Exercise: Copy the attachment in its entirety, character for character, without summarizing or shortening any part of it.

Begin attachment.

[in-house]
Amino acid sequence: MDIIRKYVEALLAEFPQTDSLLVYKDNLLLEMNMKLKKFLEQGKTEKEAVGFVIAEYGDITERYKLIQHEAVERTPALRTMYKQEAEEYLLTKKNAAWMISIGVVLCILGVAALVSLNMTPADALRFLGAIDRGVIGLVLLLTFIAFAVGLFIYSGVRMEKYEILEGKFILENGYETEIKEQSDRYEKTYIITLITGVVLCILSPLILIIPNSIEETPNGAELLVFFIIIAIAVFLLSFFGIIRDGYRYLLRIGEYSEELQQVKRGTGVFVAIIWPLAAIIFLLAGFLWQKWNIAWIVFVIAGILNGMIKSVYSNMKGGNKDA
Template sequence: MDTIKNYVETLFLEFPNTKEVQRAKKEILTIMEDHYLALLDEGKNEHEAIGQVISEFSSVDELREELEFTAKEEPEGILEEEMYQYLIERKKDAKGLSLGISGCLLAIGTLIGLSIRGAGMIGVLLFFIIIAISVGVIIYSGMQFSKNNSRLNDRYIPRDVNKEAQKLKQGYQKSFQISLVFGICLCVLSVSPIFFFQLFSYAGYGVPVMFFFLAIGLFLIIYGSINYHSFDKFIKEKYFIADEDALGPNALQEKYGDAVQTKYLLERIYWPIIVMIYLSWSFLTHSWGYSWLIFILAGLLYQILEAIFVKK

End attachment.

[in-house]
Amino acid sequence: MDIIRKYVEALLAEFPQTDSLLVYKDNLLLEMNMKLKKFLEQGKTEKEAVGFVIAEYGDITERYKLIQHEAVERTPALRTMYKQEAEEYLLTKKNAAWMISIGVVLCILGVAALVSLNMTPADALRFLGAIDRGVIGLVLLLTFIAFAVGLFIYSGVRMEKYEILEGKFILENGYETEIKEQSDRYEKTYIITLITGVVLCILSPLILIIPNSIEETPNGAELLVFFIIIAIAVFLLSFFGIIRDGYRYLLRIGEYSEELQQVKRGTGVFVAIIWPLAAIIFLLAGFLWQKWNIAWIVFVIAGILNGMIKSVYSNMKGGNKDA
Template sequence: MDTIKNYVETLFLEFPNTKEVQRAKKEILTIMEDHYLALLDEGKNEHEAIGQVISEFSSVDELREELEFTAKEEPEGILEEEMYQYLIERKKDAKGLSLGISGCLLAIGTLIGLSIRGAGMIGVLLFFIIIAISVGVIIYSGMQFSKNNSRLNDRYIPRDVNKEAQKLKQGYQKSFQISLVFGICLCVLSVSPIFFFQLFSYAGYGVPVMFFFLAIGLFLIIYGSINYHSFDKFIKEKYFIADEDALGPNALQEKYGDAVQTKYLLERIYWPIIVMIYLSWSFLTHSWGYSWLIFILAGLLYQILEAIFVKK